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Sailing Circular: the way we’d enjoy exploring the sea

For decades, people’s imagination has been associating summer time with sea holidays, and increasingly often specifically on board of boats or yachts. This cultural trend is driving an immediate impact on the economy: after the stop due to the covid-pandemic, the nautical industry is expecting a global 5.1% growth by 2027, while Italian builders have already performed exceptionally well with record sales during the last two years.

Sailing Circular 1
Image by Usnplash
 

The side effect of this emerging trend and booming economy is definitely related to the consequences on the environment.

Just in Europe alone, almost 80 000 boats see their end of life every year, but only 2000 of them get through a proper dismantling process. Proposals to address this issue at a European level only emerged in the very last few years. As for many other sectors, the good news is that time is ready for a paradigmatic shift in the industry, from the challenging management of the end of life of the final product, to the responsible design, both driven by the implementation of sustainable and eco-friendly materials.

A good example in the field comes from the Dutch company Vaan Yachts: it has already a strategy in place to manufacture fully recyclable luxury yachts using recycled aluminium coming from window frames and traffic signs. Some parts contain more than 75% recycled materials.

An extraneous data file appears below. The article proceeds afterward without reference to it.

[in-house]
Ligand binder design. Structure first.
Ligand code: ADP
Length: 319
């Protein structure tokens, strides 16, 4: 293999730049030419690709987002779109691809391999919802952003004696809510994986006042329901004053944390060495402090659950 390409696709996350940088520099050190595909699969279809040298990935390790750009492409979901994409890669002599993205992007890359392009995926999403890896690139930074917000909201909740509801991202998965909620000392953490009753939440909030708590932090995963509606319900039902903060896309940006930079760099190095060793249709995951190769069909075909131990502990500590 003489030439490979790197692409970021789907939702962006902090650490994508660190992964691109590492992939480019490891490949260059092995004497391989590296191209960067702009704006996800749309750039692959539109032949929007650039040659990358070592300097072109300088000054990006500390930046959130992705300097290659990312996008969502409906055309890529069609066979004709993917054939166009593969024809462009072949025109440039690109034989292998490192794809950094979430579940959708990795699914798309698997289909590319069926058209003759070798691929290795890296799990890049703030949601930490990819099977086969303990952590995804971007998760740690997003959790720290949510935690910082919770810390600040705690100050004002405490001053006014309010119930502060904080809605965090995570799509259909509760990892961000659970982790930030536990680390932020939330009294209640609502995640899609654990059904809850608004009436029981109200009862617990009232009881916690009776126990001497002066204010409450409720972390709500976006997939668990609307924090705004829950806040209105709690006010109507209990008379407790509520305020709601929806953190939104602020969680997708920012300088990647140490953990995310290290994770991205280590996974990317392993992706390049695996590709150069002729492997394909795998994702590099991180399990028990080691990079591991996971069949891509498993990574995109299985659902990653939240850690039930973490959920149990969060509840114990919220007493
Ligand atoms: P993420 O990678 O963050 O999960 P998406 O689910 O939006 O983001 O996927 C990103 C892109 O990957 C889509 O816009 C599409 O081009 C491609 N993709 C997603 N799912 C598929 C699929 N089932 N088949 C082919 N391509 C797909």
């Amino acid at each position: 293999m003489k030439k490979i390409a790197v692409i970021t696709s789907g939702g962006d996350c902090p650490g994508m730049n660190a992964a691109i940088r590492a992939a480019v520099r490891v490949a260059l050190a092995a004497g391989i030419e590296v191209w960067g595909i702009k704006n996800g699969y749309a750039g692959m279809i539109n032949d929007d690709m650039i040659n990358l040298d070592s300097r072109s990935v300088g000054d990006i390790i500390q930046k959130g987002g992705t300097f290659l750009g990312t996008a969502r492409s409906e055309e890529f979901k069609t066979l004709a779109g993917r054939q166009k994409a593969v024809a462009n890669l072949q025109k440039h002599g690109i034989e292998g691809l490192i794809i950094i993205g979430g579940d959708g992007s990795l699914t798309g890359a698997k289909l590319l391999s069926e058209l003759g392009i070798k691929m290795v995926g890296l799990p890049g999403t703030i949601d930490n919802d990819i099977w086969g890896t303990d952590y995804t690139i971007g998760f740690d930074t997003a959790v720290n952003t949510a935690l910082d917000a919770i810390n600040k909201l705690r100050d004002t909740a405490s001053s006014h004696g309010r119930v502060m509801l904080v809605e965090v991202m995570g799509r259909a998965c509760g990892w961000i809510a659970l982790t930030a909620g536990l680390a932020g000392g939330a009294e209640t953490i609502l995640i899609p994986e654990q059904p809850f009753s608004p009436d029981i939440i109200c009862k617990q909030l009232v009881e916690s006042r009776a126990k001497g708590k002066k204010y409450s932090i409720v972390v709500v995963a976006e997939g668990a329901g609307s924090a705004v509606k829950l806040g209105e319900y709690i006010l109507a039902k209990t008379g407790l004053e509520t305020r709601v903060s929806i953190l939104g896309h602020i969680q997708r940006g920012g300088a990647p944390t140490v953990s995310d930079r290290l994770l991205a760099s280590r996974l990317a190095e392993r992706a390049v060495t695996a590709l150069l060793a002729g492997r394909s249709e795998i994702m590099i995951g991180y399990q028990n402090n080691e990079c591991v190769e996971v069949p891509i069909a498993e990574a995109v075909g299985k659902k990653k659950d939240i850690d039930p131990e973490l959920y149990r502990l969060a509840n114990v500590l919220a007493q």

Sailing Circular 2

Image by Usnplash

Many solutions can also be found not just for technical parts, but also for the interiors, where lightweight and mechanically performant materials are usually needed: from FSC certified cork decking, that both provides comfort and functional insulating properties, to recycled and bio-fabricated textiles for padding and upholstery.

What about  polluting waste materials we might encounter sailing at sea?

Sailing Circular 3

Image by Usnplash

Most of the waste comes from plastic based materials such as PET consumer products, fishing nets, technical rods and fabrics that are mostly made of aramid fibers: these materials, due to their very intrinsic nature, will not deteriorate and will presumably damage the sealife.

As we promote the protection of our environment through responsible actions, like collecting the waste that we might encounter on our journey, more and more initiatives at a commercial and industrial level have developed in the recent years.

From collecting and refurbishing sailcloth, new start-ups and companies have already launched in the market commercial products like bags, shopper and totes.
Others, such as manufacturing companies, have already developed processes to regenerate nylon coming from fishing nets, thus providing the market with some actual environmentally-conscious solutions. 

Materially, through targeted consultancy activities, supports companies in the search for material solutions with low environmental impact. Contact us to know how we can support you.


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